Chapter 9 International Trade Class 12 Geography Notes

Chapter 9 International Trade Class 12 Geography Notes will provide a quick glimpse of the chapter and improve the learning experience. These NCERT Notes have been designed to be practical and useful keeping the functional aspect in mind to enable students to pick up language skills. NCERT Solutions for Chapter 9 Planning And Sustainable Development will help in improving the student's experience.

Chapter 9 International Trade Class 12 Geography Notes

Class 12 Geography Notes Chapter 9 International Trade

• Trade may be conducted at two levels: international and national.

• International trade is the exchange of goods and services among countries across national boundaries.

• Countries need to trade to obtain commodities, they cannot produce themselves or they can purchase elsewhere at a lower price.

• Initial form of trade was the barter system – where direct exchange of goods took place.

History of International Trade

• In ancient times, transporting goods over long distances was risky, hence trade was restricted to local markets.

• The Silk Route is an early example of long distance trade connecting Rome to China – along the 6,000 km route. The traders transported Chinese silk, Roman wool and precious metals and many other high value commodities from intermediate points in India, Persia and Central Asia.

• Fifteenth century onwards, the European colonialism began and along with trade of exotic commodities, a new form of trade emerged which was called slave trade.

• Slave trade was abolished in Denmark in 1792, Great Britain in 1807 and United States in 1808.

• After the Industrial Revolution the demand for raw materials like grains, meat, wool also expanded. The industrialised nations imported primary products as raw materials and exported the value added finished products back to the non-industrialised nations.

• During the World Wars I and II, countries imposed trade taxes and quantitative restrictions for the first time. During the post- war period, organisations like General Agreement for Tariffs and Trade (which later became the World Trade Organisation), helped in reducing tariff.

Why Does International Trade Exist?

• International trade is based on the principle of comparative advantage, complimentarity and transferability of goods and services and in principle, should be mutually beneficial to the trading partners.

• In modern times, trade is the basis of the world’s economic organisation and is related to the foreign policy of nations.

Basis of International Trade

• Differences in National Resources of countries due to their varied geology, relief, soil, climate.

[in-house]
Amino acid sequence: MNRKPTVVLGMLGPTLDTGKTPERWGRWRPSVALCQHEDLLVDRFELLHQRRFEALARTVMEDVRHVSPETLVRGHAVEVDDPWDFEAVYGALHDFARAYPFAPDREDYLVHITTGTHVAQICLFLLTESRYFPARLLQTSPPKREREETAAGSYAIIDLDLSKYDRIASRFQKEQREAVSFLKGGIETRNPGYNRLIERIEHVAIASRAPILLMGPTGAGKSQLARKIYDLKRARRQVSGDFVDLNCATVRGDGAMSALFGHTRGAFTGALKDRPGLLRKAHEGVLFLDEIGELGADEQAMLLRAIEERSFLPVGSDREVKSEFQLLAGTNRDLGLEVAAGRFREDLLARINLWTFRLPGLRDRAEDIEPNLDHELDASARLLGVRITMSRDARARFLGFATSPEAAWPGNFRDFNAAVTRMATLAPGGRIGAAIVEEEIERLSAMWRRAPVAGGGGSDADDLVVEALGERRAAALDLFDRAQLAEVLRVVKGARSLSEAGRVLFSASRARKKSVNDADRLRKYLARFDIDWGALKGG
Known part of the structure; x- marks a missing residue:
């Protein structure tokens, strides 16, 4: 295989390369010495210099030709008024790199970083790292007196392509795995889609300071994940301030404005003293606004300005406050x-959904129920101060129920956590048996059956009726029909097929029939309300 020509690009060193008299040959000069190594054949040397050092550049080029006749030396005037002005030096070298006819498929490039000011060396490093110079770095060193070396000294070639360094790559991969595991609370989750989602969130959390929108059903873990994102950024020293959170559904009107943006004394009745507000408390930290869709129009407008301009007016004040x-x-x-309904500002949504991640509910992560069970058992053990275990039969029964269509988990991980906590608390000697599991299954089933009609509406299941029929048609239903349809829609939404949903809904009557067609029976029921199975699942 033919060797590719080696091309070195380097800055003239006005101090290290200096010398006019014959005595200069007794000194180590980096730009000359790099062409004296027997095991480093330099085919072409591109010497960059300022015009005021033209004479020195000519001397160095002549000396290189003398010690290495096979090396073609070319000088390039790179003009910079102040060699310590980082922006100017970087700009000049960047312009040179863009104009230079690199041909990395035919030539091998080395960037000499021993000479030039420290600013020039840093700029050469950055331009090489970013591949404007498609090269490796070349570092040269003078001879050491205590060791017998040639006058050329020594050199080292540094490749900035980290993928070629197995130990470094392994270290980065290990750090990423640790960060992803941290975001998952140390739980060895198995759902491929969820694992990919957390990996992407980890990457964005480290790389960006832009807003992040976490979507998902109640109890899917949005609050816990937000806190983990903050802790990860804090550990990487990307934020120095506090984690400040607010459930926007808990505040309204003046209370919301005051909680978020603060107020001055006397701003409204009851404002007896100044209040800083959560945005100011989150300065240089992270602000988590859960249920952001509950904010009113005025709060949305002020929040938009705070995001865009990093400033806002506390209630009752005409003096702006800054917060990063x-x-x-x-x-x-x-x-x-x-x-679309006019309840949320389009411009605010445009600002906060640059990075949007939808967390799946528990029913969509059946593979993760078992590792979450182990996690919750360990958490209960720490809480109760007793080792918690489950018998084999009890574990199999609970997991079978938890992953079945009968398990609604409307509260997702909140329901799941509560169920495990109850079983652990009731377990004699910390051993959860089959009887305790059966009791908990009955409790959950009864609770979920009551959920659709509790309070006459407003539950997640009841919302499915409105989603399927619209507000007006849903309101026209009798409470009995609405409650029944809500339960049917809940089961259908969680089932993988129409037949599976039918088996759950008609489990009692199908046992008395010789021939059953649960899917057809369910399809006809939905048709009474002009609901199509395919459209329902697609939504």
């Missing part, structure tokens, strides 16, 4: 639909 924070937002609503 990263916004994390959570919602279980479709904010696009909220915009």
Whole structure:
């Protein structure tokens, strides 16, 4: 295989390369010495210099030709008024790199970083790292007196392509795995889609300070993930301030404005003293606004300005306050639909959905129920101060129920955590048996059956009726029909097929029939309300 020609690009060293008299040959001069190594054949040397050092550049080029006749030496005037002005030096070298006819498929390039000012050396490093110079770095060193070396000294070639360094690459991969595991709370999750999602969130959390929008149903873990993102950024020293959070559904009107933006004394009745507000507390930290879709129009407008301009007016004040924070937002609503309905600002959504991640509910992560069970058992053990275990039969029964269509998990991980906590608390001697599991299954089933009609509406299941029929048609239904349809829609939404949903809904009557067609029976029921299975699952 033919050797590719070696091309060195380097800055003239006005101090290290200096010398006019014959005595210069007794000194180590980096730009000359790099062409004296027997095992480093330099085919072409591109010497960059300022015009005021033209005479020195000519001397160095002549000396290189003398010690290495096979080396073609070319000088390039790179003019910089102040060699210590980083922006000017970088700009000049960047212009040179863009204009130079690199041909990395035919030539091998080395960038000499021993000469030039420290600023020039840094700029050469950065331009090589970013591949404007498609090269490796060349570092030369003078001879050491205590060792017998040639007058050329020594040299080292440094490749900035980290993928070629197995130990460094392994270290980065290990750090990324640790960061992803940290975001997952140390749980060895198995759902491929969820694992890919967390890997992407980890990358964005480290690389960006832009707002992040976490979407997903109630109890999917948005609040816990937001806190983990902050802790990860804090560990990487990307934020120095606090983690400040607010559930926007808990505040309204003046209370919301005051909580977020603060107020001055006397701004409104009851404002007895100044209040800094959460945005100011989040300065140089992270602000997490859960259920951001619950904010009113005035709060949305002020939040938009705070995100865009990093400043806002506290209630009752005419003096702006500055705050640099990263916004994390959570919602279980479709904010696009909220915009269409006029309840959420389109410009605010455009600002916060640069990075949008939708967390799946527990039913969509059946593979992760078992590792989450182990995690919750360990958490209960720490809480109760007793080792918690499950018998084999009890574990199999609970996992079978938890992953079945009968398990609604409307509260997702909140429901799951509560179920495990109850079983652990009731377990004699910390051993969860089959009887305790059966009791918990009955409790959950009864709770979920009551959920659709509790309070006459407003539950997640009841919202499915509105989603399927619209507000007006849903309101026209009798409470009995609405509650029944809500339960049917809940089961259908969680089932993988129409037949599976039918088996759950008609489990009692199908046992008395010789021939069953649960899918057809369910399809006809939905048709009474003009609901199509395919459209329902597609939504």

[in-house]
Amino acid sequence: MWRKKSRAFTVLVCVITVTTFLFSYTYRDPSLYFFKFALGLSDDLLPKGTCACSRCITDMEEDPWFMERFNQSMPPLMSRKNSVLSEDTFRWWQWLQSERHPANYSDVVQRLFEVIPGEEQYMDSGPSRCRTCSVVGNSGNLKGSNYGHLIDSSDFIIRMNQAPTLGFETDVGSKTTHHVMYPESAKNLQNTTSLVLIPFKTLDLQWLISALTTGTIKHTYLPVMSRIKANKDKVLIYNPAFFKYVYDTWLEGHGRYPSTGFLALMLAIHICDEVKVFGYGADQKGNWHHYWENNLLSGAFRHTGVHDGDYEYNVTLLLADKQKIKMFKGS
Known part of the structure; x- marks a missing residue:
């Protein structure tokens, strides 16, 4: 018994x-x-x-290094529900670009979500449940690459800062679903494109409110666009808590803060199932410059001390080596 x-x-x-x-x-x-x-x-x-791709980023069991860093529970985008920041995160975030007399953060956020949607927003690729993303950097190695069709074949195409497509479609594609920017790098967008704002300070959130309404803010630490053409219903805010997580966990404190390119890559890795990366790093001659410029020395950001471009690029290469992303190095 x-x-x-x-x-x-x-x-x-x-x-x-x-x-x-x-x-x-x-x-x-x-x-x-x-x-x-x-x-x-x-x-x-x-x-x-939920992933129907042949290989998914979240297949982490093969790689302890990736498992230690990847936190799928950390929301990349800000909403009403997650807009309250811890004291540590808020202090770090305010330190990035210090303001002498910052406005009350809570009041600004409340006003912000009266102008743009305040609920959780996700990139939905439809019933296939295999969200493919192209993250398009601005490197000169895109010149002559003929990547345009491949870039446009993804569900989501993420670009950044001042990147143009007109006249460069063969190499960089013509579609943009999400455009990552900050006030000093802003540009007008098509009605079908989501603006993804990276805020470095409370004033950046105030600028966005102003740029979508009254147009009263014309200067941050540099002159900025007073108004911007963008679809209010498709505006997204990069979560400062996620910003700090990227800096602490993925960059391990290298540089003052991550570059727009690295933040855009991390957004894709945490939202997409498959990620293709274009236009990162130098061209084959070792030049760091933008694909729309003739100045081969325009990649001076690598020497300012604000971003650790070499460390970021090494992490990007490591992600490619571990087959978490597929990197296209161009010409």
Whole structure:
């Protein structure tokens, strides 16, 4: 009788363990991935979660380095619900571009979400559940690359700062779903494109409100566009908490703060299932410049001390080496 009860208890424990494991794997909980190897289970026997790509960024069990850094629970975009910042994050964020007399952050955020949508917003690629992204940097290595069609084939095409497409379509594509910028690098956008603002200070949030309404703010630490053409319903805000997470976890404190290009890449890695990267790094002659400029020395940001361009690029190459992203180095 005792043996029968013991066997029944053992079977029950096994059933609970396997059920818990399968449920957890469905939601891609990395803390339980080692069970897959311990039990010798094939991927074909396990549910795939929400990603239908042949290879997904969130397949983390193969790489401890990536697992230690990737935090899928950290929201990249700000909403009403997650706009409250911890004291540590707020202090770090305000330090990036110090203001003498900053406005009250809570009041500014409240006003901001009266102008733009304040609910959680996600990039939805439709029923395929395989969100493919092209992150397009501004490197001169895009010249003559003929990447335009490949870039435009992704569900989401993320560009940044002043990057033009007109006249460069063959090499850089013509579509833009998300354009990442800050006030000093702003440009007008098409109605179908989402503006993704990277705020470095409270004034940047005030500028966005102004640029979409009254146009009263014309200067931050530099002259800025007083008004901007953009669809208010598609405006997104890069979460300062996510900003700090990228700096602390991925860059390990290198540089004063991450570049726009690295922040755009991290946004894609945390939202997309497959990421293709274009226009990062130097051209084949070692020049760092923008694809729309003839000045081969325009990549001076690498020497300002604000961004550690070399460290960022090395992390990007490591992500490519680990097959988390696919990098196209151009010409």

→ Geological structure: It determines mineral resource base and topographical difference ensure different types of crops and animal raised. 

→ Mineral Resources: Unevenly distributed and provides the base for industrial development.

→ Climate: It influences the type of flora and fauna of a region and thus influence primary products. 

• Population factor: The size, distribution and diversity of people between countries affect the type and volume of goods traded. 

→ Cultural factors: Distinctive forms of art and craft develop in certain cultures which are valued the world over.

→ Size of population: Densely populated countries have large volume of internal trade but little external trade because most of the agricultural and industrial production is consumed in the local markets.

• Stages of economic development: At every stage of development, the types of items traded change. In the developing countries, agro products are exchanged for manufactured goods and vice versa for developed nations.

→ Extent of foreign investment: Foreign investment can boost trade in developing countries which lack in capital required for the development of mining, oil drilling, heavy engineering, lumbering and plantation agriculture. By developing such capital intensive industries in developing countries, the industrial nations ensure import of food stuffs, minerals and create markets for their finished products.

→ Transport: With expansion of rail, ocean and air transport, better means of refrigeration and  preservation, trade has experienced spatial expansion.

Important Aspects of International Trade

• Volume, sectoral composition and direction of trade are important Aspects of International Trade.

Volume of Trade

• The total value of goods and services traded is considered to be the volume of trade. 

• The total volume of world trade has been steadily rising over the past decades.

Composition of Trade

• During the last century, the nature of goods and services imported and exported by countries have undergone changes. Trade of primary products was dominant in the beginning of the last century.

• Later manufactured goods gained prominence and currently, though the manufacturing sector commands the bulk of the global trade, service sector which includes travel, transportation and other commercial services have been showing an upward trend.

Direction of Trade

• Historically, the developing countries of the present used to export valuable goods and artefacts, etc., which were exported to European countries. During the nineteenth century there was a reversal in the direction of trade.

• The world trade pattern underwent a drastic change during the second half of the twentieth century. Europe lost its colonies while India, China and other developing countries started competing with developed countries.